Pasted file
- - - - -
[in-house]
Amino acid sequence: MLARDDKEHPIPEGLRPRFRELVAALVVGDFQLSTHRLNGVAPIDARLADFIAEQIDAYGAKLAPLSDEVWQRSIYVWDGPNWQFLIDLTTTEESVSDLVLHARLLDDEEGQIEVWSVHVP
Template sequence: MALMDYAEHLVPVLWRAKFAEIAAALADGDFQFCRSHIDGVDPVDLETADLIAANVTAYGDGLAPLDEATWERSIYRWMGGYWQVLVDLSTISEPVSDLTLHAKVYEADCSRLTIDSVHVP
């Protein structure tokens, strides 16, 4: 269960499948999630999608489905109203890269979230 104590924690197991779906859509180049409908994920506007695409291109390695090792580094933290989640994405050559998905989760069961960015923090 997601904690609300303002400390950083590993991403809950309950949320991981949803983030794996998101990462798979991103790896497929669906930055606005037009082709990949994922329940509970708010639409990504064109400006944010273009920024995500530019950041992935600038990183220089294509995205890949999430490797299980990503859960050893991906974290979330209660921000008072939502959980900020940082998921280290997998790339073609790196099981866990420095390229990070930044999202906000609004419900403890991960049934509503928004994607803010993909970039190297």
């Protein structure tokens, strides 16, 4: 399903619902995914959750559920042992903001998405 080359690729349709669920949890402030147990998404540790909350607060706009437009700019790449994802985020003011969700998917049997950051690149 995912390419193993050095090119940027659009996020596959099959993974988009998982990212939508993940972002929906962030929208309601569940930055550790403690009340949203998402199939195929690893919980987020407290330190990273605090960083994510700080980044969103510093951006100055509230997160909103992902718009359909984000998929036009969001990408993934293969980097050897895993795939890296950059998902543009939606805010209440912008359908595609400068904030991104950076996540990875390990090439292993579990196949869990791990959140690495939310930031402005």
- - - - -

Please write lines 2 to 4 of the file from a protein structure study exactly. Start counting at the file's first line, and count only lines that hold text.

Amino acid sequence: MLARDDKEHPIPEGLRPRFRELVAALVVGDFQLSTHRLNGVAPIDARLADFIAEQIDAYGAKLAPLSDEVWQRSIYVWDGPNWQFLIDLTTTEESVSDLVLHARLLDDEEGQIEVWSVHVP
Template sequence: MALMDYAEHLVPVLWRAKFAEIAAALADGDFQFCRSHIDGVDPVDLETADLIAANVTAYGDGLAPLDEATWERSIYRWMGGYWQVLVDLSTISEPVSDLTLHAKVYEADCSRLTIDSVHVP
């Protein structure tokens, strides 16, 4: 269960499948999630999608489905109203890269979230 104590924690197991779906859509180049409908994920506007695409291109390695090792580094933290989640994405050559998905989760069961960015923090 997601904690609300303002400390950083590993991403809950309950949320991981949803983030794996998101990462798979991103790896497929669906930055606005037009082709990949994922329940509970708010639409990504064109400006944010273009920024995500530019950041992935600038990183220089294509995205890949999430490797299980990503859960050893991906974290979330209660921000008072939502959980900020940082998921280290997998790339073609790196099981866990420095390229990070930044999202906000609004419900403890991960049934509503928004994607803010993909970039190297």